On January 11, 2021, Muriel Bowser, the Washington, D.C., mayor, signed the D.C. Ban on Non-Compete Agreements Amendment Act of 2020 (the Act). In doing so, the District follows the recent trend set by other states, including Oregon, Washington and Massachusetts, that are subjecting noncompetes to intense scrutiny. D.C.’s Act goes much further though, and once in effect will be one of the broadest limitations on such agreements in the country. At this point, the Act’s precise effective date remains unclear, since it is tied to congressional review and the enactment of the next budget cycle.
The Act bans private employers “operating in the District” from requiring “an individual who performs work in the District on behalf of an employer” to enter into noncompete agreements and nullifies such agreements entered into following the Act’s as-yet-undetermined effective date. The Act does not retroactively apply to existing agreements. Importantly, although the Act is clear about its applicability to employees who are physically located in Washington, D.C., it arguably leaves open the question of whether it applies to employers located outside of the District that have employees who are not based in the District, but on occasion work there.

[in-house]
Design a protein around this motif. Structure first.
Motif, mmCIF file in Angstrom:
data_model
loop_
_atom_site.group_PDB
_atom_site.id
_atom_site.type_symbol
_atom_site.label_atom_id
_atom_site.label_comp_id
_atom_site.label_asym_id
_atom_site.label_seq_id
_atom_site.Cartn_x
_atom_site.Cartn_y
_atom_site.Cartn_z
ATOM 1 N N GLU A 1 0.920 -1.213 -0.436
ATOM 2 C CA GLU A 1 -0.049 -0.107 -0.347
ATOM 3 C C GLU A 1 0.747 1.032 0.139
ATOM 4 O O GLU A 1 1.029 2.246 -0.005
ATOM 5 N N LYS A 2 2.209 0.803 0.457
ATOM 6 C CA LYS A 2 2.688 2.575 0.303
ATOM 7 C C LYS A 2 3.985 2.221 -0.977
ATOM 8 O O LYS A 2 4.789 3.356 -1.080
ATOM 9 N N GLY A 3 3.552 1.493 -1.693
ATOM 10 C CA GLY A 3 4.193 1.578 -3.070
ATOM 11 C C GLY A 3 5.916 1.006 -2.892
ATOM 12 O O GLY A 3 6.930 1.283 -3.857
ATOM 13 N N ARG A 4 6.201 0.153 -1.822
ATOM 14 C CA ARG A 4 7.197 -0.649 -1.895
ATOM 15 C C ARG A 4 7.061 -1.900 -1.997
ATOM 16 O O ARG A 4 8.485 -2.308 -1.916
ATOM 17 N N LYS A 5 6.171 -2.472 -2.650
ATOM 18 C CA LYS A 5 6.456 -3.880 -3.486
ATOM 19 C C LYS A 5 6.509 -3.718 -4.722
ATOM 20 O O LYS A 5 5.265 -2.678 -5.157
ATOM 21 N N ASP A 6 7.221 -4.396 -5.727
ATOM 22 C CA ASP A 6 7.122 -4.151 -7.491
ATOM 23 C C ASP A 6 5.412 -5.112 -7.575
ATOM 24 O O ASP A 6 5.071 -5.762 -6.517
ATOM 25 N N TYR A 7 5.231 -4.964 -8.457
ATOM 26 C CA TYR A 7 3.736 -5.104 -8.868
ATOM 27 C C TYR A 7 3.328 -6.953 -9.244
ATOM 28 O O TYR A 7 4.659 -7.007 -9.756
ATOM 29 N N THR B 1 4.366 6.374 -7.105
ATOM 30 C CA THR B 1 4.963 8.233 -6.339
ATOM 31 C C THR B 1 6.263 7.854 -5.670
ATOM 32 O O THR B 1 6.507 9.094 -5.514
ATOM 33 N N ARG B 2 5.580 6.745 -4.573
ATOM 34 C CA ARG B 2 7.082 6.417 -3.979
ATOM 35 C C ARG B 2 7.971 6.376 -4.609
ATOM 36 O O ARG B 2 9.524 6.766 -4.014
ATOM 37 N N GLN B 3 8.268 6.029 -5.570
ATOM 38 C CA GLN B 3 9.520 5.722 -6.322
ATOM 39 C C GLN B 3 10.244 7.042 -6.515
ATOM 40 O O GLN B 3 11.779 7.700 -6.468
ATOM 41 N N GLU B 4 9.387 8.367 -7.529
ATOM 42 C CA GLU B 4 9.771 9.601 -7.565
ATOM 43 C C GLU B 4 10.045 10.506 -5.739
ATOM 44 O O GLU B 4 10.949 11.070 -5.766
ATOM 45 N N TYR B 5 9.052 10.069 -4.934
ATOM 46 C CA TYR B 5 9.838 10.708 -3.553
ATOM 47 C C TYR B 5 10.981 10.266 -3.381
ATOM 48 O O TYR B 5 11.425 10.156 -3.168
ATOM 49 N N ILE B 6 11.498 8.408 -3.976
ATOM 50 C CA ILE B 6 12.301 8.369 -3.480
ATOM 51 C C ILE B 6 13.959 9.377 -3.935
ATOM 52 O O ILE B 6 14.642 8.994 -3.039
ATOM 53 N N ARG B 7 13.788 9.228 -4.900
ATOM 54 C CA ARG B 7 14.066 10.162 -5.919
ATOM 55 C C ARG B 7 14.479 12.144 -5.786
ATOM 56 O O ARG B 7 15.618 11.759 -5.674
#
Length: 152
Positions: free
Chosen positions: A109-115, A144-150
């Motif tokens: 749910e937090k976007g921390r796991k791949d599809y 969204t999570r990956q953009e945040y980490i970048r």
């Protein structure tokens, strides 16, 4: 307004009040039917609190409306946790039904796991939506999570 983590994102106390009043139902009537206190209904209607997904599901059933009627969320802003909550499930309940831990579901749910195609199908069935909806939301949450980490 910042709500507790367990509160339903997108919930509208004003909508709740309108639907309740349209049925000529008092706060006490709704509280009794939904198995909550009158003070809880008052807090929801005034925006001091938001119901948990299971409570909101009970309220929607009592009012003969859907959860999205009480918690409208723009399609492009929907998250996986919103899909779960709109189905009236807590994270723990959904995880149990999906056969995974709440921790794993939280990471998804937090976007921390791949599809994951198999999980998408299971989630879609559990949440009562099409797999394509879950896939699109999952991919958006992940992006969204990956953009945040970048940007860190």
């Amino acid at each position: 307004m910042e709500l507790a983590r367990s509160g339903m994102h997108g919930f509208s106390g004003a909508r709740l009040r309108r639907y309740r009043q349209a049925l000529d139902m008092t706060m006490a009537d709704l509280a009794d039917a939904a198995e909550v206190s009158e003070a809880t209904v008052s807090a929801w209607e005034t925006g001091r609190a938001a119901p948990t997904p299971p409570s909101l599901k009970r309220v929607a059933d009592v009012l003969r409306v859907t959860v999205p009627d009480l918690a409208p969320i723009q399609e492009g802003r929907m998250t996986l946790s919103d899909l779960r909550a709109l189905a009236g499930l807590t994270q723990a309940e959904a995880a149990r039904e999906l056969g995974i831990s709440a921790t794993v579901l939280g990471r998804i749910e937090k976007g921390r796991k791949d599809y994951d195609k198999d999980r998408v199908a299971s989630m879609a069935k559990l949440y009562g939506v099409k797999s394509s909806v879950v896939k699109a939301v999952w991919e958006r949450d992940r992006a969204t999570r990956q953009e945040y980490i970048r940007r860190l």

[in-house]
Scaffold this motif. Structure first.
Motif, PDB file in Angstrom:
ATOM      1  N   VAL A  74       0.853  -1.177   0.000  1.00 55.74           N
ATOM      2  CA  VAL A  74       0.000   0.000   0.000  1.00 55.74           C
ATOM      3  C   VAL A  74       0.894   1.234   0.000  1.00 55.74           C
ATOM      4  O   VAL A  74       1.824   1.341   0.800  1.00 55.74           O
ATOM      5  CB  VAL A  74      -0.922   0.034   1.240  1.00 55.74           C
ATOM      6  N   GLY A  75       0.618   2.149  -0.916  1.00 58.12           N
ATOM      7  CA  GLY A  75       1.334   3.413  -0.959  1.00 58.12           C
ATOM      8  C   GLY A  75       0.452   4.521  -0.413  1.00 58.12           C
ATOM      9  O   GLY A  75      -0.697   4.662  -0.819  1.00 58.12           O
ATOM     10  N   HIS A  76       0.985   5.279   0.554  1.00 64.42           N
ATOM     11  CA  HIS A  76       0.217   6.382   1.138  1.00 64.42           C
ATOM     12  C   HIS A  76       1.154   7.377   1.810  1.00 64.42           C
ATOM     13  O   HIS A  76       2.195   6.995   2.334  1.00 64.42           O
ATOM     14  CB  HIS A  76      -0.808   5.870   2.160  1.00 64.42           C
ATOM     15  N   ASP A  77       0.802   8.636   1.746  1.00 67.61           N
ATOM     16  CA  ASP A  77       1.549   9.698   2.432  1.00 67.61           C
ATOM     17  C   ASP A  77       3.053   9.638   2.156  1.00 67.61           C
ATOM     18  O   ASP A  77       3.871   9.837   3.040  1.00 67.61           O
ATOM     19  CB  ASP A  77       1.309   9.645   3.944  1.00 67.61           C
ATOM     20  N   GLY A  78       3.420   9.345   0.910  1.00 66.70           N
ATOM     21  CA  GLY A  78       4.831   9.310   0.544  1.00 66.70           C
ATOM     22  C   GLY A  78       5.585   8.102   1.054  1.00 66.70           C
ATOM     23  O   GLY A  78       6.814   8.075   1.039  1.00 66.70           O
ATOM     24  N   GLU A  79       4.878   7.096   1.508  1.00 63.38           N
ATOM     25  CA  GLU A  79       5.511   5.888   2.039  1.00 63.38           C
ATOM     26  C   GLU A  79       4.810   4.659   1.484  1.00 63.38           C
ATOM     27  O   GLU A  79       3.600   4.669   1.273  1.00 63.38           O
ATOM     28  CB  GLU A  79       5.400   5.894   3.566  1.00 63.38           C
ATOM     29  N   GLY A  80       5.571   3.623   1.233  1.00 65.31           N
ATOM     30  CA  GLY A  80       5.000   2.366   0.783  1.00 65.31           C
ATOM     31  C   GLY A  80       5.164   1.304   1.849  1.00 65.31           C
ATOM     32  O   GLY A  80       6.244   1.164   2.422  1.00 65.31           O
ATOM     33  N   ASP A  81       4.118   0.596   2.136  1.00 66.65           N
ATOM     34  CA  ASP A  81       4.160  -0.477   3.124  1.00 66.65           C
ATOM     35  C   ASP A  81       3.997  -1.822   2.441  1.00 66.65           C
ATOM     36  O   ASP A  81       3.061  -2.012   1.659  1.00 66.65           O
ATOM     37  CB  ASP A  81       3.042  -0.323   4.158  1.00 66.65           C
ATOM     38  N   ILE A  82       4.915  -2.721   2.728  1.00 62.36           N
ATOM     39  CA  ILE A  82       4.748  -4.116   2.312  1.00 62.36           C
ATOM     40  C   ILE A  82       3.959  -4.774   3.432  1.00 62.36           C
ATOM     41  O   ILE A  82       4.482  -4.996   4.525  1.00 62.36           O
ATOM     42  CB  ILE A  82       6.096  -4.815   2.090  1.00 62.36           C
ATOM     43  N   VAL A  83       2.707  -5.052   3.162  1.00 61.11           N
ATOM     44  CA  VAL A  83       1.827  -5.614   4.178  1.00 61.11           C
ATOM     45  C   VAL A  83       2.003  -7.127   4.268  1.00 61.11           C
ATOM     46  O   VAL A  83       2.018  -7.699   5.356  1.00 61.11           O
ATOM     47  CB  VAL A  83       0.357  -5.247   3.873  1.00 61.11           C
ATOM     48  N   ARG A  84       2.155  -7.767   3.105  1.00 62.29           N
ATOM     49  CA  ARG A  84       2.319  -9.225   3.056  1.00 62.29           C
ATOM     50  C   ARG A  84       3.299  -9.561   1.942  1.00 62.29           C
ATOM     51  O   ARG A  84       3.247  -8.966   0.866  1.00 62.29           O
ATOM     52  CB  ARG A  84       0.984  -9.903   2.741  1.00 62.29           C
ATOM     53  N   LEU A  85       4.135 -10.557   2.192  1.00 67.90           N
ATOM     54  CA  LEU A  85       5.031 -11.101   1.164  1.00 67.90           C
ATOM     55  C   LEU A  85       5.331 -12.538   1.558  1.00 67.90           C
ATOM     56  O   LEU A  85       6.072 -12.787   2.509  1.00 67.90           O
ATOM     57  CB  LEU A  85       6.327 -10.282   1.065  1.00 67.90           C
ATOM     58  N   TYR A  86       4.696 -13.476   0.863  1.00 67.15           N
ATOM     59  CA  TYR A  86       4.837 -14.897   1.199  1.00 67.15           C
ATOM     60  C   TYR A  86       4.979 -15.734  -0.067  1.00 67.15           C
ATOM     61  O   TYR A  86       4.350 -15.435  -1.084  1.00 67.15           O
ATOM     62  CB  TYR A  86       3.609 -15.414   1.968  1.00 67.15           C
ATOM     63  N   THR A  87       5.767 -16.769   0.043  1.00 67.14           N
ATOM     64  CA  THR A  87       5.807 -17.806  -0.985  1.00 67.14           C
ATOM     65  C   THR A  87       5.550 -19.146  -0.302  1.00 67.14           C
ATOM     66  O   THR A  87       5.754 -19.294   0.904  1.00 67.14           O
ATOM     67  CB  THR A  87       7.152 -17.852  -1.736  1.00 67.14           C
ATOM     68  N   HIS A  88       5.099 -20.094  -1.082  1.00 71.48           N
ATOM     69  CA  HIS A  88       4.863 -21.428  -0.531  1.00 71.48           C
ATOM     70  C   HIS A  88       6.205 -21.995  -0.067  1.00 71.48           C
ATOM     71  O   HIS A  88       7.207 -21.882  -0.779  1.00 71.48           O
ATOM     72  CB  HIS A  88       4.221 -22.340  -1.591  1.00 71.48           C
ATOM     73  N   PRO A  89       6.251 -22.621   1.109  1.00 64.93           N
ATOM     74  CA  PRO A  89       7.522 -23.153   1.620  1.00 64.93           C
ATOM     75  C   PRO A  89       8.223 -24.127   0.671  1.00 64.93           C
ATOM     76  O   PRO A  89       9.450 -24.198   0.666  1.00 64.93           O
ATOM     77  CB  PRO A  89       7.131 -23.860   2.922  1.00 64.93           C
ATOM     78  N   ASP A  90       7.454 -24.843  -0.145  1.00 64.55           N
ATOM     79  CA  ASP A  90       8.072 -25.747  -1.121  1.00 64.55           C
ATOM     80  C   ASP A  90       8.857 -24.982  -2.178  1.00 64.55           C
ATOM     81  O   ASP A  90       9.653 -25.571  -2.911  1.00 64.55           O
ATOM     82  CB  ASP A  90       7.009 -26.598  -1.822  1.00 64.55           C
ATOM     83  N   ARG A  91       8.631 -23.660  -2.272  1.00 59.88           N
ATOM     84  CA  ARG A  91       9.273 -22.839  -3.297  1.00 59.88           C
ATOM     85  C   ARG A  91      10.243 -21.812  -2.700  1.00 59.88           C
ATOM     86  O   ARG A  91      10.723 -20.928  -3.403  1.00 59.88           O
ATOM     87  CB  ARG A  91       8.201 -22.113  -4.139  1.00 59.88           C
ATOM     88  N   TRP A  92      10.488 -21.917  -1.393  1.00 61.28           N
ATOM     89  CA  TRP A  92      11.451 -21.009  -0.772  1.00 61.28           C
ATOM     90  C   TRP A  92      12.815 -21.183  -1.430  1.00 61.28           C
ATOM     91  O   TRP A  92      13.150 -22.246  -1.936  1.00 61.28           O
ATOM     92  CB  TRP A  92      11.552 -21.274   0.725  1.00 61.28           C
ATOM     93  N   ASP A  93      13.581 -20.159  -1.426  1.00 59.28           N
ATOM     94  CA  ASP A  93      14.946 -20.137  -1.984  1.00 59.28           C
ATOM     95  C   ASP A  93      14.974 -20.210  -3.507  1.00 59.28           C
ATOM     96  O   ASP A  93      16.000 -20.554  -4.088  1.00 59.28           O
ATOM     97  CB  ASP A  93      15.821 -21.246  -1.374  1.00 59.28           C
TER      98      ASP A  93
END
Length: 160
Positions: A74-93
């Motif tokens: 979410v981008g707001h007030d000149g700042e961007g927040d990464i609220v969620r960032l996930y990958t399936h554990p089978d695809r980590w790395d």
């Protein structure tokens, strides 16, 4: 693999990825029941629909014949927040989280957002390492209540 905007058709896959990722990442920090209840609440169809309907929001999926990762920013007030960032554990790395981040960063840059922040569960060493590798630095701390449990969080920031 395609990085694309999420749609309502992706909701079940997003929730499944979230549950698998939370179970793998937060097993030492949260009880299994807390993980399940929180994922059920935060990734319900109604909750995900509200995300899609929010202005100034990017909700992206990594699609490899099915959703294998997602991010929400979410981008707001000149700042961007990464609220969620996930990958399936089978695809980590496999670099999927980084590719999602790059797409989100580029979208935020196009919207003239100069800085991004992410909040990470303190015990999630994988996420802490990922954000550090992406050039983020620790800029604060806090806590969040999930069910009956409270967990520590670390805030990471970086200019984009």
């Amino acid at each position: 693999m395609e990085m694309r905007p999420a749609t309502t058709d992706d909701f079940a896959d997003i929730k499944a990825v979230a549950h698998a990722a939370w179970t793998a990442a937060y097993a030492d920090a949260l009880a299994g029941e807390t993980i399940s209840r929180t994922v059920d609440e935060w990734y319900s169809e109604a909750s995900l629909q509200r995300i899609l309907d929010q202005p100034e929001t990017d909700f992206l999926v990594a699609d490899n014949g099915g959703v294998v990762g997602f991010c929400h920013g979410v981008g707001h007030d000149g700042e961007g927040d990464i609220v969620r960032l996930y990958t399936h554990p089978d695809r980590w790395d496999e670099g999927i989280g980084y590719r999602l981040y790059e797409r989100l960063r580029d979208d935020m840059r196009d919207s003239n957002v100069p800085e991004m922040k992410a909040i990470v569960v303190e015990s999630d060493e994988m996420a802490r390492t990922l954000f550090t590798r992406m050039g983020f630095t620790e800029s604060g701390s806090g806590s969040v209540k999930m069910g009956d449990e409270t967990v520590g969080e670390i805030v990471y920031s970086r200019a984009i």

The Act contains very few exceptions, only for volunteers, casual babysitters, laypersons appointed to or elected to positions in religious organizations who are engaged in religious functions, and certain highly compensated licensed physicians. The latter category of employees may enter into noncompete agreements, but only if the employer follows specific procedural requirements. In addition to these limitations, the Act does not apply to noncompetes applicable to the sellers in the context of a sale of a business.
Notably, unlike even California, which is among the most restrictive jurisdictions presently in terms of its employee noncompete ban, the Act reaches beyond post-employment restrictive covenants to workplace policies and agreements that prohibit employment with other entities during employment. Such “anti-moonlighting” policies are common fixtures of employee handbooks, codes of conduct and conflicts of interest policies, as well as employment agreements and offer letters. The Act explicitly permits the use of nondisclosure policies and agreements that protect an employer’s confidential and proprietary information.
The Act also contains a prohibition on retaliating against workers who complain of violations of the law, including those who refuse to sign a noncompete. It also provides for a private right of action, as well as potential administrative penalties, in the event of alleged violations.
Employers operating within the District will need to provide specific written notice to their workers within 90 days of the Act’s effective date. Thereafter, employers will have to provide such notice within seven days of a worker’s hiring or within 14 days following the written request by a worker for such. The Act does not contain posting requirements.
Although the Act is not yet effective, and the mayor’s office is expected to provide further guidance, given the Act’s likely impact on even basic employee policies through its anti-moonlighting restrictions, employers should review their existing policies and form agreements to ensure compliance with the Act’s prohibitions. We will continue to provide updates as more information about the Act becomes available.